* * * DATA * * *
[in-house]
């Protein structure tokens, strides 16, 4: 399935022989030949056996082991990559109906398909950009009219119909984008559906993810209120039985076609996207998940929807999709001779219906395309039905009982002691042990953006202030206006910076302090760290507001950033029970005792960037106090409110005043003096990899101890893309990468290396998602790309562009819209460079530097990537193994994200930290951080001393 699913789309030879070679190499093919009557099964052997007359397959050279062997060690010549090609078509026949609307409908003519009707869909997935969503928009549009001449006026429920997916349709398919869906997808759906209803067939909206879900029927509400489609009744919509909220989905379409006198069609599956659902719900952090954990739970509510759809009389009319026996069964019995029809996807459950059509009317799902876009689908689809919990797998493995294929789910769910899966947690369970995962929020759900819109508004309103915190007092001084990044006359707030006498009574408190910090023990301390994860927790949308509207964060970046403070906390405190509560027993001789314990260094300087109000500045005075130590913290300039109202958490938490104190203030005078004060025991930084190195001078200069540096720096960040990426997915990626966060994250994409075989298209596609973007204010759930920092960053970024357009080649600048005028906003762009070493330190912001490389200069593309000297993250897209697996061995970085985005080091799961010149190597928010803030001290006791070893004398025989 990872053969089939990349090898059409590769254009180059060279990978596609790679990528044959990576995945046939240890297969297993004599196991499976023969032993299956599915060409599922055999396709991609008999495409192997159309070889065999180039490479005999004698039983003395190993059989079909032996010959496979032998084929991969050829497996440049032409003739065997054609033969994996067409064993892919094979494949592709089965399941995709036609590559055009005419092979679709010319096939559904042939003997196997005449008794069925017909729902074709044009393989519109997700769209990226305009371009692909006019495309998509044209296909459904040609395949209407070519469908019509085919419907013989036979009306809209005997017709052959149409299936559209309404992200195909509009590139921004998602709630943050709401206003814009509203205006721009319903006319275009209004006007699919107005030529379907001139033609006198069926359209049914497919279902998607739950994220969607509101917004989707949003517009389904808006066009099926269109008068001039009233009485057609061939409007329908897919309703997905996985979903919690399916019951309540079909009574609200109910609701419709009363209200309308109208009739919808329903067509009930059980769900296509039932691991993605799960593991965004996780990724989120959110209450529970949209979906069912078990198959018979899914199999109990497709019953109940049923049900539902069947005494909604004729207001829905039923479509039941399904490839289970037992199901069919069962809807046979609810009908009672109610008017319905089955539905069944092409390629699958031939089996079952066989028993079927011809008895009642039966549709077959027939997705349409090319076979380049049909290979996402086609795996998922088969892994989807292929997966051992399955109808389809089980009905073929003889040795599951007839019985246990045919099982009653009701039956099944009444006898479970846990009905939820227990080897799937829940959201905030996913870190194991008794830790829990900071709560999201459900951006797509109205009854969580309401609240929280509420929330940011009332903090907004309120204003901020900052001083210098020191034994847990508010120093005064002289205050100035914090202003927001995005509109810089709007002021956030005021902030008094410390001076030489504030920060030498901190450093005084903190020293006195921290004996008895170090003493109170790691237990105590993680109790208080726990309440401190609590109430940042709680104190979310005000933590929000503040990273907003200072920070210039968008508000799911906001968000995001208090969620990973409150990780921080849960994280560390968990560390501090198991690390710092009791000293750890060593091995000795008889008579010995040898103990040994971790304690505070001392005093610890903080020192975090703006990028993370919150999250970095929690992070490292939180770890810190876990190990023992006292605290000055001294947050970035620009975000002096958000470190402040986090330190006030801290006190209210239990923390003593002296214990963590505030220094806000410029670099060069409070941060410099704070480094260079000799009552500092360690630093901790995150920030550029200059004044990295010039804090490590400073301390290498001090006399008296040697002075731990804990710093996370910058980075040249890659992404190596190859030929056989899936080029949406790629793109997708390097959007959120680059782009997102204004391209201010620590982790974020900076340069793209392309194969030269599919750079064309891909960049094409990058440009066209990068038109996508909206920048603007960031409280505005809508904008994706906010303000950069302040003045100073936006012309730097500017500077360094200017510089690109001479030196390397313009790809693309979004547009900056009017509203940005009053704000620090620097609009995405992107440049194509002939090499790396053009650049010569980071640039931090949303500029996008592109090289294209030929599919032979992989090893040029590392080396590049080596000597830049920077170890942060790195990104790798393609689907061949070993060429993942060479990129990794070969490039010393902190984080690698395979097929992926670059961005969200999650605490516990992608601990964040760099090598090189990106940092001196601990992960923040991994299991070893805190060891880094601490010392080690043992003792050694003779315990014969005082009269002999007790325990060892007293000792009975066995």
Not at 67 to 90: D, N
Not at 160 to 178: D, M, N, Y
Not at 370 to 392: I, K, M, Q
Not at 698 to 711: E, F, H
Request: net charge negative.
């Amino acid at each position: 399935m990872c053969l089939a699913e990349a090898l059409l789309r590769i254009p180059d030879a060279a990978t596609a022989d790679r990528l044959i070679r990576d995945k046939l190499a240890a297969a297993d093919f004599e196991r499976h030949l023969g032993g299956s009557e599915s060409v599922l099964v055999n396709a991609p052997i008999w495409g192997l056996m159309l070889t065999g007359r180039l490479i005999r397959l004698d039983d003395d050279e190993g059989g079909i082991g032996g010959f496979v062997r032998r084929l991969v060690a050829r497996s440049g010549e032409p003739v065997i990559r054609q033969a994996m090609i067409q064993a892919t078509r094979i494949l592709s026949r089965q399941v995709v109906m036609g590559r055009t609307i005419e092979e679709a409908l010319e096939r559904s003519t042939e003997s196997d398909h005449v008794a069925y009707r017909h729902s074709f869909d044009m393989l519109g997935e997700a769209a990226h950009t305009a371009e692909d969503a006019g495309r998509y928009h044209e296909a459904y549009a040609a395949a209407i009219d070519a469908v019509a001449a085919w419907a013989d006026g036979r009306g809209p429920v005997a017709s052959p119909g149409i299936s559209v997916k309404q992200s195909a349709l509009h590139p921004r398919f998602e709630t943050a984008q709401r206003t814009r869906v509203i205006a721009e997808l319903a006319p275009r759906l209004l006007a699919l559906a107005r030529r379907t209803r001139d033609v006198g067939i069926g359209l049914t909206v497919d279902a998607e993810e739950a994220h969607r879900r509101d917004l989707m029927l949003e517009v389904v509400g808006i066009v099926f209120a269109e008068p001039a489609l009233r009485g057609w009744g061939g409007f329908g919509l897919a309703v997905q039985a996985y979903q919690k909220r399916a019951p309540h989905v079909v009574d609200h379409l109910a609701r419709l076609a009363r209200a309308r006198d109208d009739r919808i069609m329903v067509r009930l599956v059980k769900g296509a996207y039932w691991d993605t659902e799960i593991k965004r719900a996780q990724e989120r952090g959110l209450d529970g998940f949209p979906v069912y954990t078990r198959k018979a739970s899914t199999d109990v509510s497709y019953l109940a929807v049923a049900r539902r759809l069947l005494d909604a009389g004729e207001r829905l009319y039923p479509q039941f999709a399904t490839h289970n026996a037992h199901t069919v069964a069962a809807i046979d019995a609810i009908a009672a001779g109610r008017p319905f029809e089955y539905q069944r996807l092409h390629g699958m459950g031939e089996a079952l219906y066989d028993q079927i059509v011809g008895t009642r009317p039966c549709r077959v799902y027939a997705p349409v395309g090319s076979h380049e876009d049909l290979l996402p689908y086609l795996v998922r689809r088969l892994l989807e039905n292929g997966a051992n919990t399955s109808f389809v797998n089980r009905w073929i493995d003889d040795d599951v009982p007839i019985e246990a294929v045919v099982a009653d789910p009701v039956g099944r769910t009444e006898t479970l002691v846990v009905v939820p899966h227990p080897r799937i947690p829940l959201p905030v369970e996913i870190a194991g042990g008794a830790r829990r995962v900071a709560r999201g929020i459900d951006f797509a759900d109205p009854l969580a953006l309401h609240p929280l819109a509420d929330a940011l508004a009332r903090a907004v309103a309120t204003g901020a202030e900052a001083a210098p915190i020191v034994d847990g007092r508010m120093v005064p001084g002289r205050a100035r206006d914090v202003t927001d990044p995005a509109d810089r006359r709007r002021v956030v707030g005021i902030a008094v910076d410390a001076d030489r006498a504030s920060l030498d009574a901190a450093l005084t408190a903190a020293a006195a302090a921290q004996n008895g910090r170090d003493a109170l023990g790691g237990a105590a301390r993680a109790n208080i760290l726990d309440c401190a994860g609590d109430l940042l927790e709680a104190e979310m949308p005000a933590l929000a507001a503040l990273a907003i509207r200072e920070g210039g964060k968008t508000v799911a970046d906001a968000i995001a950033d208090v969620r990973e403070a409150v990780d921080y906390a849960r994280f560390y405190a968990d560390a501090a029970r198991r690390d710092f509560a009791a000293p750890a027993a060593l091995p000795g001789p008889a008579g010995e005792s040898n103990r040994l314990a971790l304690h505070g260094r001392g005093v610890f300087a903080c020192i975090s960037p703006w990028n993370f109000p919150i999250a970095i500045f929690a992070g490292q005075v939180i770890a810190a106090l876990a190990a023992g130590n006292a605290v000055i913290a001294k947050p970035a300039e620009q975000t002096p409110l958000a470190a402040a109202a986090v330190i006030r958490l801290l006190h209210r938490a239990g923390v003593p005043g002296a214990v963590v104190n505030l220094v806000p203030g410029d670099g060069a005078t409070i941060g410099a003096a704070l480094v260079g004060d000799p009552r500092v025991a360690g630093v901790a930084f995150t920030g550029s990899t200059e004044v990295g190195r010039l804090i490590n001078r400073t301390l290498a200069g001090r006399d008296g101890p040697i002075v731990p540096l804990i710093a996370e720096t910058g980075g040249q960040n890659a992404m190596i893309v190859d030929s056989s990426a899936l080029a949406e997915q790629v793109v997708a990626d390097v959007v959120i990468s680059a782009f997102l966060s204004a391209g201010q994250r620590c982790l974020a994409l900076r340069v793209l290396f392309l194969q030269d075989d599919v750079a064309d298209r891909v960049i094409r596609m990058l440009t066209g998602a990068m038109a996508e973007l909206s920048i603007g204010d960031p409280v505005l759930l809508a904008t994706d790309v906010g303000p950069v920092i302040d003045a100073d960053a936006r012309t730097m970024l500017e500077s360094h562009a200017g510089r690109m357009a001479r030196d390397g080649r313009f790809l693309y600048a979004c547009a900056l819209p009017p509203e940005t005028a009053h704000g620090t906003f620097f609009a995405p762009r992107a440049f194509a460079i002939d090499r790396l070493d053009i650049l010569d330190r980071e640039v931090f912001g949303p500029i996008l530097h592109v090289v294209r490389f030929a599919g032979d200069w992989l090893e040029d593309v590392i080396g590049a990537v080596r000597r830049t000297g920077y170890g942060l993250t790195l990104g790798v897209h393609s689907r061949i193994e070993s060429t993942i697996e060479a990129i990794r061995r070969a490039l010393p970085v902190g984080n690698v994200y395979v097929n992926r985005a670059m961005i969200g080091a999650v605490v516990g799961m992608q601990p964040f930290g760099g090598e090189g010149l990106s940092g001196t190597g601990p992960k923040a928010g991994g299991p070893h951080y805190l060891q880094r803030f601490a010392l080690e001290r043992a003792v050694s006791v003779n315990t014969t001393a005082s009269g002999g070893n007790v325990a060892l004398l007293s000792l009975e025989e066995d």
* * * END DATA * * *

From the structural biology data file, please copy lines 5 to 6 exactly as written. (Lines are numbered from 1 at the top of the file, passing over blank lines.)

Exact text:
Not at 370 to 392: I, K, M, Q
Not at 698 to 711: E, F, H